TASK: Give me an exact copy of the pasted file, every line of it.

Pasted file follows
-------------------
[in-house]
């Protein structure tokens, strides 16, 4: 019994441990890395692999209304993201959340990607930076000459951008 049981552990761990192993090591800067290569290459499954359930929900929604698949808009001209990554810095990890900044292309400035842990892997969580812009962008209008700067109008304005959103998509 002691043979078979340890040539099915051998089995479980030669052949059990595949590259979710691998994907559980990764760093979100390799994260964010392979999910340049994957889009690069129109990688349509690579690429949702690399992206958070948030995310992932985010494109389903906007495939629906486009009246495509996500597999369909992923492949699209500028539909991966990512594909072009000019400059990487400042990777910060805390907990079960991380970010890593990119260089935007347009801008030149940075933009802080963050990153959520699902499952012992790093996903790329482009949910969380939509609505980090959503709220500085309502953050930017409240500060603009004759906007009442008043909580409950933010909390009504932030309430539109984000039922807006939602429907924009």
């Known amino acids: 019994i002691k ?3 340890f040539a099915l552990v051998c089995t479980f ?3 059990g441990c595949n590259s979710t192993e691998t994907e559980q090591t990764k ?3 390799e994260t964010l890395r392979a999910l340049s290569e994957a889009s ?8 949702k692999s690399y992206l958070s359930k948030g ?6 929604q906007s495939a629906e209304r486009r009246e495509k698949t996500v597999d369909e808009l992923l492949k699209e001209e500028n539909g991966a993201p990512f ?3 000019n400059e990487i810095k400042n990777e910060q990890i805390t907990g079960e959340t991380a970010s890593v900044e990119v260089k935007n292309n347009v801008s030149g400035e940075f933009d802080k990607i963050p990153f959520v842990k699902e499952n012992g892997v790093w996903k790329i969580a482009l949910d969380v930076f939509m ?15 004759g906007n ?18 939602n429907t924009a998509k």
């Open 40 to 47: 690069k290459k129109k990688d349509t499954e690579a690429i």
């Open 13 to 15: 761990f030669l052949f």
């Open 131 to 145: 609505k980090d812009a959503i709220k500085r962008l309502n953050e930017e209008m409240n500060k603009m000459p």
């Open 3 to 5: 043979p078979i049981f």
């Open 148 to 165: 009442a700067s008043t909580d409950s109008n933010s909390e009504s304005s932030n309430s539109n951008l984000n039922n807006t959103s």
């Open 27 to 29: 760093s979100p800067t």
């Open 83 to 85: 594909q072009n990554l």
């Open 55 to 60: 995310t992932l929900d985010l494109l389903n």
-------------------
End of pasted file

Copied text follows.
[in-house]
């Protein structure tokens, strides 16, 4: 019994441990890395692999209304993201959340990607930076000459951008 049981552990761990192993090591800067290569290459499954359930929900929604698949808009001209990554810095990890900044292309400035842990892997969580812009962008209008700067109008304005959103998509 002691043979078979340890040539099915051998089995479980030669052949059990595949590259979710691998994907559980990764760093979100390799994260964010392979999910340049994957889009690069129109990688349509690579690429949702690399992206958070948030995310992932985010494109389903906007495939629906486009009246495509996500597999369909992923492949699209500028539909991966990512594909072009000019400059990487400042990777910060805390907990079960991380970010890593990119260089935007347009801008030149940075933009802080963050990153959520699902499952012992790093996903790329482009949910969380939509609505980090959503709220500085309502953050930017409240500060603009004759906007009442008043909580409950933010909390009504932030309430539109984000039922807006939602429907924009």
């Known amino acids: 019994i002691k ?3 340890f040539a099915l552990v051998c089995t479980f ?3 059990g441990c595949n590259s979710t192993e691998t994907e559980q090591t990764k ?3 390799e994260t964010l890395r392979a999910l340049s290569e994957a889009s ?8 949702k692999s690399y992206l958070s359930k948030g ?6 929604q906007s495939a629906e209304r486009r009246e495509k698949t996500v597999d369909e808009l992923l492949k699209e001209e500028n539909g991966a993201p990512f ?3 000019n400059e990487i810095k400042n990777e910060q990890i805390t907990g079960e959340t991380a970010s890593v900044e990119v260089k935007n292309n347009v801008s030149g400035e940075f933009d802080k990607i963050p990153f959520v842990k699902e499952n012992g892997v790093w996903k790329i969580a482009l949910d969380v930076f939509m ?15 004759g906007n ?18 939602n429907t924009a998509k």
């Open 40 to 47: 690069k290459k129109k990688d349509t499954e690579a690429i």
């Open 13 to 15: 761990f030669l052949f």
């Open 131 to 145: 609505k980090d812009a959503i709220k500085r962008l309502n953050e930017e209008m409240n500060k603009m000459p």
């Open 3 to 5: 043979p078979i049981f």
């Open 148 to 165: 009442a700067s008043t909580d409950s109008n933010s909390e009504s304005s932030n309430s539109n951008l984000n039922n807006t959103s």
């Open 27 to 29: 760093s979100p800067t």
């Open 83 to 85: 594909q072009n990554l």
């Open 55 to 60: 995310t992932l929900d985010l494109l389903n």